December 1, 2021

Valerie Jablow: “We Got A Lot Of Pressure To Approve This Charter School Project”

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A FOIA requests shows the pressure many agencies felt to make a certain charter school happen. Valerie Jablow has the story at the educationdc blog.

The title of this blog post was what a staff member of the DC department of energy and environment (DOEE) wrote to a fellow staff member in an email about a storm water management system at Eagle Academy’s property at 2345 R St. SE.

That email was part of a FOIA production I received around the storm water management system at the school, which has failed repeatedly. Read on for how that FOIA production (as well as FOIA productions from other agencies and those produced for others) appear to outline DC’s poor oversight of this charter school development and pressure on DOEE to move ahead with it–while raising questions around the inaction of elected and appointed officials in the wake of public damage.

To Protect The Environment—Or Not

When Eagle purchased the 1 acre property in 2016, it contained several houses that had been used for a private school. Behind those structures, the site sloped steeply down to the narrow street behind it, Ridge Place. Over the decades, trees along the back, south-facing slope had grown thick and tall. A neighbor described it looking like a forest.

In 2017, Eagle Academy had a design for a newly built school there. The main entrance was to be on the north side of the property, on R Street, while a large parking lot was to be located on the back of the property, on its southwestern end, accessed by a curb cut on Ridge Place.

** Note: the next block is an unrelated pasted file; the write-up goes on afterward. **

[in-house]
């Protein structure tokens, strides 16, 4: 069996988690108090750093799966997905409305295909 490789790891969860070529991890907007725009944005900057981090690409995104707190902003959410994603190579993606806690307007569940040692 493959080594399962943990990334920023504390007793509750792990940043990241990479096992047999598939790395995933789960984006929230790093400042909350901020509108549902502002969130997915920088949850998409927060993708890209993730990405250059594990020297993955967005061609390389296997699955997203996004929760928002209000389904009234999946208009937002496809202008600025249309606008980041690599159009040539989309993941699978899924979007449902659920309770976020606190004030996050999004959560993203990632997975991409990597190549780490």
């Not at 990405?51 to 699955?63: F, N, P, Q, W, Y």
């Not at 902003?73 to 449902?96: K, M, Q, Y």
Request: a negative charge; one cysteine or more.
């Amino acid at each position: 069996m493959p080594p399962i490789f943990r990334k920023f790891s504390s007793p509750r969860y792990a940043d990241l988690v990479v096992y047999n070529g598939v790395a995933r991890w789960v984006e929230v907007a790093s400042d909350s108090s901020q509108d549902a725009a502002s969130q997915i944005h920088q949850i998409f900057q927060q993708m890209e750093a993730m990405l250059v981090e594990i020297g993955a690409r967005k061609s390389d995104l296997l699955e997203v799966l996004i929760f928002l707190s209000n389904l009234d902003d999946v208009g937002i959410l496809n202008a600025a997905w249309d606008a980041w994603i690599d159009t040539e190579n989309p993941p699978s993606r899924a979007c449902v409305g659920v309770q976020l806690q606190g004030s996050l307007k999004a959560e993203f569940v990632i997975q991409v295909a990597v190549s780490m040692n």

Because the construction by Eagle Academy was considered a “major land-disturbing activity” by DOEE, Eagle was required to put in a storm water management system. The idea was to limit erosion, ponding, and flooding–while also ensuring environmental reviews to preserve large trees where possible and prevent damage to adjacent structures.

To understand better Eagle’s development of this property, I had requested via FOIA information from a variety of DC agencies. The DOEE FOIA production I received (which was mainly around the storm water management system and linked repeatedly below in two, very large, files) was unusual inasmuch as it contained hundreds of un-redacted emails, with all FOIA fees waived by DOEE. By contrast, FOIA productions I received from other DC agencies regarding Eagle’s development of this property had few, if any, emails–despite my request for them. In fact, DCRA told me that I would have to pay more than $2000 to have that agency’s responsive emails. (I didn’t pay—and received only a few responsive (mostly unenlightening) emails from DCRA, despite DCRA’s central role in the unpermitted construction of the building there.)

In any case, the DOEE FOIA production made clear that a variety of DC agencies (second FOIA, p. 576ff) sent approval letters to DCRA for Eagle’s plans for managing its environment, including the office of planning (6/13/17); DC water (6/5/17); Department of Public Works (5/23/17); and Department of Transportation (7/14/17).

Read the full story here.“We Got A Lot Of Pressure To Approve This Charter School Project” | educationdc

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